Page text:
The Curious Case of Missing Intervention

by: Joseph Trevisani

Has central bank currency intervention gone out of style? Two extreme cases in the past year should have beckoned intervention: the all time high of the euro against the dollar last summer and the 15 year high of the yen in late January. But despite the damage that was being done to the European and Japanese exports by their strong currencies neither central bank intervened. Why have central bankers eschewed one of their primary tools for effecting violent change in the currency markets?

At the time, Jean Claude Trichet, the President of the European Central Bank (ECB), certainly tried to talk the euro down. He was ‘concerned’ about ‘disorderly’ currency movements, central bank euphemisms for what the bankers see as incorrect trading rates. There was also no shortage of European complaints about the level of the euro and praise for the United States ostensible strong dollar policy.

The Japanese, on the other hand, had little to say when the yen was at 87 in January besides noting that the level was bad for exports.

Central bank interventions in the currency markets have a chequered history. One only has to remember George Soros’ great bear raid on the pound in 1992 or the violent gyrations of interest rates in defense of the European Rate Mechanism to know that even central banks cannot stand against the combined weight of the world’s currency traders.

But there are also several instances of successful central bank interventions in the currency markets since 1985, including the Plaza Accord of that year, the Louvre Accord two years later, the intervention by the US and Japan in 1995 and 1997, and the G7 support of the euro in 2000.

This brings us to the two most crucial attributes for successful currency intervention. By successful we mean that the targeted exchange rate continued to move in the direction desired by the banks even after the pressure of direct intervention was withdrawn.

The primary condition for successful currency intervention is that it must align with central bank rate policy and the supporting macro economic conditions.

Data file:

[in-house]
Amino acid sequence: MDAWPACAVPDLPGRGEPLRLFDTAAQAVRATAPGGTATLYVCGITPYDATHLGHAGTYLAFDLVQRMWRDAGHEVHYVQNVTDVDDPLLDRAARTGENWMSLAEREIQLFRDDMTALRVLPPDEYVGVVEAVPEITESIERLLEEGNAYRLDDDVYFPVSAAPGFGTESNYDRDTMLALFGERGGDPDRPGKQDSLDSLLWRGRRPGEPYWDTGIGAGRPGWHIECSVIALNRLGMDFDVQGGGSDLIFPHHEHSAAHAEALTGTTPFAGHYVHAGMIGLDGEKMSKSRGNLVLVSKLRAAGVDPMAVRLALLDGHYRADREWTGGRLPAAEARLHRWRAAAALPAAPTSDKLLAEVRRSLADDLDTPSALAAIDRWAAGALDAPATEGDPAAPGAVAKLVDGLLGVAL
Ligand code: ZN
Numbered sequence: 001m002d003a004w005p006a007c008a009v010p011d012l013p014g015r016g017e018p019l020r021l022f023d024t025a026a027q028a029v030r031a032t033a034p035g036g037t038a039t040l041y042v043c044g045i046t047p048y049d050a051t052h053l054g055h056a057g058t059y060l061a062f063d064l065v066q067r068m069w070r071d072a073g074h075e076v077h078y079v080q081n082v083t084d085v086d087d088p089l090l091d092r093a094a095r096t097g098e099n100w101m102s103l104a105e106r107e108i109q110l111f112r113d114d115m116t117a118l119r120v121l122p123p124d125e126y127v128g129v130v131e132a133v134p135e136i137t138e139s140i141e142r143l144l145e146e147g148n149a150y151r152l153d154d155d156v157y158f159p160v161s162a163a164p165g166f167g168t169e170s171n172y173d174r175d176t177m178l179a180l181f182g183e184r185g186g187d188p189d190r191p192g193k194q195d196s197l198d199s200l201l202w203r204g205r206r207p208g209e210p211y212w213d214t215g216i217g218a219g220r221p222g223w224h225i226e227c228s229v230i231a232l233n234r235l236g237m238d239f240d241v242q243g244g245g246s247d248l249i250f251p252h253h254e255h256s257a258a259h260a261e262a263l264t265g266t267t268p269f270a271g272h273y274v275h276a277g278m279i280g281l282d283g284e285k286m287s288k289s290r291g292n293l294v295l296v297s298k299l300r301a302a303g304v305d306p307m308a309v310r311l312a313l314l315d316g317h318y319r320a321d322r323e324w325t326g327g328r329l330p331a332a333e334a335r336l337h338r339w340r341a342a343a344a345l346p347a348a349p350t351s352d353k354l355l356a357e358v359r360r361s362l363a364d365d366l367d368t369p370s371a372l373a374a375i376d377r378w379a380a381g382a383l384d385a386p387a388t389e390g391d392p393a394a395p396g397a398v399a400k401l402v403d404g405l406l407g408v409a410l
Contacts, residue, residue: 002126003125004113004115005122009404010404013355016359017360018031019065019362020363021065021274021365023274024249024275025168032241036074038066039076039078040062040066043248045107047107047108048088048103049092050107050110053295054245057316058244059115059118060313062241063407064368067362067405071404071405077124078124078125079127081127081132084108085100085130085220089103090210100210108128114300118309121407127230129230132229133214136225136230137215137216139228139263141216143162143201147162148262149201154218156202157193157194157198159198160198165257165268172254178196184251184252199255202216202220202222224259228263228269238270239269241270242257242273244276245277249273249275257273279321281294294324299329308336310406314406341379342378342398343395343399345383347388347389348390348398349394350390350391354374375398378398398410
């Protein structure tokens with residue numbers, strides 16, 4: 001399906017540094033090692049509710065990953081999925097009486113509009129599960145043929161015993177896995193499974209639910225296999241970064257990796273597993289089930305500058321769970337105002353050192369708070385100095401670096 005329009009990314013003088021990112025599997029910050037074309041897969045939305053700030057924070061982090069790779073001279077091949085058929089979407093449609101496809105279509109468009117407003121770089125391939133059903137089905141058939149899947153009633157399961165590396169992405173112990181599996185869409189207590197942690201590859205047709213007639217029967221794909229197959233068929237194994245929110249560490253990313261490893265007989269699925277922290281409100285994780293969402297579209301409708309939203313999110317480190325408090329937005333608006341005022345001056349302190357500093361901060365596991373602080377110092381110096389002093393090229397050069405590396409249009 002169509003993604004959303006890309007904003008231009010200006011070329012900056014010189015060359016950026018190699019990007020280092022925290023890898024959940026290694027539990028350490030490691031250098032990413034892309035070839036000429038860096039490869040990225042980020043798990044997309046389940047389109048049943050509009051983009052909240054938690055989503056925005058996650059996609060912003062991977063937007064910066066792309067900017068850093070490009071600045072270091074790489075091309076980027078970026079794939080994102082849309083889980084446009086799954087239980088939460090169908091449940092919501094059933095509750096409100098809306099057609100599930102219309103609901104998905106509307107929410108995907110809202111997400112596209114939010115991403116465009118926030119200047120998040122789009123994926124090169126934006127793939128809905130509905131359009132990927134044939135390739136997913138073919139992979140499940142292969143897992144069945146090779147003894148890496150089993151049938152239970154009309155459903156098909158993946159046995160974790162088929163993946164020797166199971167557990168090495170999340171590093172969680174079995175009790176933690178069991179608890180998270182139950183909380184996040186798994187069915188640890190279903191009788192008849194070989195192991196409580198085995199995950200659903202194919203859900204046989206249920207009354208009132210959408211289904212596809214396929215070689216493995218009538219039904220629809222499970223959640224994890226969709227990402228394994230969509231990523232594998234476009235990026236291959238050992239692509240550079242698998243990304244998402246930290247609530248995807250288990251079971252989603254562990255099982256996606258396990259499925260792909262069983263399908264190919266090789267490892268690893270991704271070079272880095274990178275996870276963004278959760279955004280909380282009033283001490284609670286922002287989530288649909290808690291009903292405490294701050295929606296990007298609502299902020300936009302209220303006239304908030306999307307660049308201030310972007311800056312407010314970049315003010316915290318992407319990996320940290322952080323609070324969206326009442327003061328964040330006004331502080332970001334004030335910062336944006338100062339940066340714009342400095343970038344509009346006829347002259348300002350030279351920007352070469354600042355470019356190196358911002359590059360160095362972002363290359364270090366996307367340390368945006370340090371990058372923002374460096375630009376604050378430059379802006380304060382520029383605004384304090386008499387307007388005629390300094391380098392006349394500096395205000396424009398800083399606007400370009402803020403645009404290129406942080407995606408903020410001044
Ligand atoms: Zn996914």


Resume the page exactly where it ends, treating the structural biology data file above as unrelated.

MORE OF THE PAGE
For example if the banks are trying to boost the value of the dollar it cannot be done if the Federal Reserve is reducing rates relative to other countries. When bank intervention is aligned with rates or is a credible precursor to a change in rate policy then the powerful nudge of intervention can galvanize the entire currency market.

The second condition, coordinated efforts by several central banks, is operational but nevertheless essential in convincing the currency markets that the banks have serious intent. When the US and Japan intervened together in 1995 and 1997 to affect the value of the dollar and the yen the markets listened. When Japan has intervened alone, the markets ignored the effort. Coordinated intervention is needed to impress the banks' desire on the 24 hour three trillion dollar a day currency markets. One bank in one market is simply not enough.

Prior to Trichet's July 2008 admission that European growth was suspect, the ECB focus had been inflation. The governors had raised rates a few weeks earlier; the American Federal Reserve had been lowering rates since the previous fall. No amount of bank intervention would have permanently dented the value of the euro against the dollar if the rate equation had remained unchanged.

Before the public alteration of the ECB economic outlook both the Europeans and the Americans had repeated the strong dollar US policy. Many traders had met the US assertions with skepticism because rising US exports, largely due to the weak US dollar, were the only positive sector of the American economy at the time.

Despite the desire of the Europeans and perhaps the Americans to bolster the dollar in mid-2008, it was clear that conditions for successful intervention did not then exist. It is also possible that by mid-July the ECB had become aware of the actual condition of the European economies. The ECB governors and the president must have known that as soon as they made their knowledge public the likelihood that the currency markets would drive the euro down on their own was very high. Better to speak and wait than to try to force the issue.

There is a further complication to bank intervention that has evolved since the last successful bout in 2000. In the decade since much of the world’s spare FX reserves have gone to China and the oil producing countries. Without their cooperation it is doubtful another round of intervention would succeed.

There is also the quandary that for over a decade western governments have been accusing the Chinese of manipulating the yuan for trade advantage. It would be difficult and embarrassing for the same western governments to ask China to help them to manipulate their own currencies for exactly the same reason.

Central banks have not sworn off intervention in the currency markets but they have taken a more rational view of the ingredients for success. The economic and financial crisis simply did not provide the necessary conditions for successful intervention. Coordinated central bank intervention is waiting for a more auspicious moment. The dislike of the bankers for the volatility of the currency markets has not dissipated; they will be back.